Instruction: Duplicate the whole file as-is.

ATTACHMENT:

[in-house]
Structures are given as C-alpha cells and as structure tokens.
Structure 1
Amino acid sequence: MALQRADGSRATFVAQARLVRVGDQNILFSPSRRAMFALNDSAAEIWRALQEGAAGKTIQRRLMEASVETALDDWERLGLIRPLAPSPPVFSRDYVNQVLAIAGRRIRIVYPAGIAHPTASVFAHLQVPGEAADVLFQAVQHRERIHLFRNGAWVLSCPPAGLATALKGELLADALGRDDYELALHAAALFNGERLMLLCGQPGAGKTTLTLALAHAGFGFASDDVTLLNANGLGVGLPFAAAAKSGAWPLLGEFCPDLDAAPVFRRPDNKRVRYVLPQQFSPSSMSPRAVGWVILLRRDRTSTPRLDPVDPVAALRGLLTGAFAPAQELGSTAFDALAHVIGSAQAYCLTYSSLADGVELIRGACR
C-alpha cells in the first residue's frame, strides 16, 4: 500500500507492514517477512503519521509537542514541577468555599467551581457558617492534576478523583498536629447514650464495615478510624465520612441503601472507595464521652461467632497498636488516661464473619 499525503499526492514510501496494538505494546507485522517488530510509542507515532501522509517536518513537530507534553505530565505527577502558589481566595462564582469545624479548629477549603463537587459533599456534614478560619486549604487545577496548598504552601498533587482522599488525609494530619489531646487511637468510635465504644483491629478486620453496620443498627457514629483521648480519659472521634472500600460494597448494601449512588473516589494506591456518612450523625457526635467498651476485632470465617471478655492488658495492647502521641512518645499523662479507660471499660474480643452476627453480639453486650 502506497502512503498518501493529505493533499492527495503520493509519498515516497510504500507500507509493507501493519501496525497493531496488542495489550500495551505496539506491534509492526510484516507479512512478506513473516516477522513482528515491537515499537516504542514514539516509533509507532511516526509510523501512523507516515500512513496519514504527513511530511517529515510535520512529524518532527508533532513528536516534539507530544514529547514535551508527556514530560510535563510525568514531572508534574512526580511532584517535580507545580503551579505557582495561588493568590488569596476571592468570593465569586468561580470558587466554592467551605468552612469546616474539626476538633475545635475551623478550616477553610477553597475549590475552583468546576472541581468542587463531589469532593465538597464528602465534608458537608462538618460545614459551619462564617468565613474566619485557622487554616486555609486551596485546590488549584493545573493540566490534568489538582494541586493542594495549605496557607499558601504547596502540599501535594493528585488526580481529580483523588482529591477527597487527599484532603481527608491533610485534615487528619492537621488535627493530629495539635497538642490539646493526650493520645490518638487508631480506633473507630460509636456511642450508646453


[in-house]
Structures are given as C-alpha cells and as structure tokens.
Structure 1
Amino acid sequence: MALQRADGSRATFVAQARLVRVGDQNILFSPSRRAMFALNDSAAEIWRALQEGAAGKTIQRRLMEASVETALDDWERLGLIRPLAPSPPVFSRDYVNQVLAIAGRRIRIVYPAGIAHPTASVFAHLQVPGEAADVLFQAVQHRERIHLFRNGAWVLSCPPAGLATALKGELLADALGRDDYELALHAAALFNGERLMLLCGQPGAGKTTLTLALAHAGFGFASDDVTLLNANGLGVGLPFAAAAKSGAWPLLGEFCPDLDAAPVFRRPDNKRVRYVLPQQFSPSSMSPRAVGWVILLRRDRTSTPRLDPVDPVAALRGLLTGAFAPAQELGSTAFDALAHVIGSAQAYCLTYSSLADGVELIRGACR
C-alpha cells in the first residue's frame, strides 16, 4: 500500500507492514517477512503519521509537542514541577468555599467551581457558617492534576478523583498536629447514650464495615478510624465520612441503601472507595464521652461467632497498636488516661464473619 499525503499526492514510501496494538505494546507485522517488530510509542507515532501522509517536518513537530507534553505530565505527577502558589481566595462564582469545624479548629477549603463537587459533599456534614478560619486549604487545577496548598504552601498533587482522599488525609494530619489531646487511637468510635465504644483491629478486620453496620443498627457514629483521648480519659472521634472500600460494597448494601449512588473516589494506591456518612450523625457526635467498651476485632470465617471478655492488658495492647502521641512518645499523662479507660471499660474480643452476627453480639453486650 502506497502512503498518501493529505493533499492527495503520493509519498515516497510504500507500507509493507501493519501496525497493531496488542495489550500495551505496539506491534509492526510484516507479512512478506513473516516477522513482528515491537515499537516504542514514539516509533509507532511516526509510523501512523507516515500512513496519514504527513511530511517529515510535520512529524518532527508533532513528536516534539507530544514529547514535551508527556514530560510535563510525568514531572508534574512526580511532584517535580507545580503551579505557582495561588493568590488569596476571592468570593465569586468561580470558587466554592467551605468552612469546616474539626476538633475545635475551623478550616477553610477553597475549590475552583468546576472541581468542587463531589469532593465538597464528602465534608458537608462538618460545614459551619462564617468565613474566619485557622487554616486555609486551596485546590488549584493545573493540566490534568489538582494541586493542594495549605496557607499558601504547596502540599501535594493528585488526580481529580483523588482529591477527597487527599484532603481527608491533610485534615487528619492537621488535627493530629495539635497538642490539646493526650493520645490518638487508631480506633473507630460509636456511642450508646453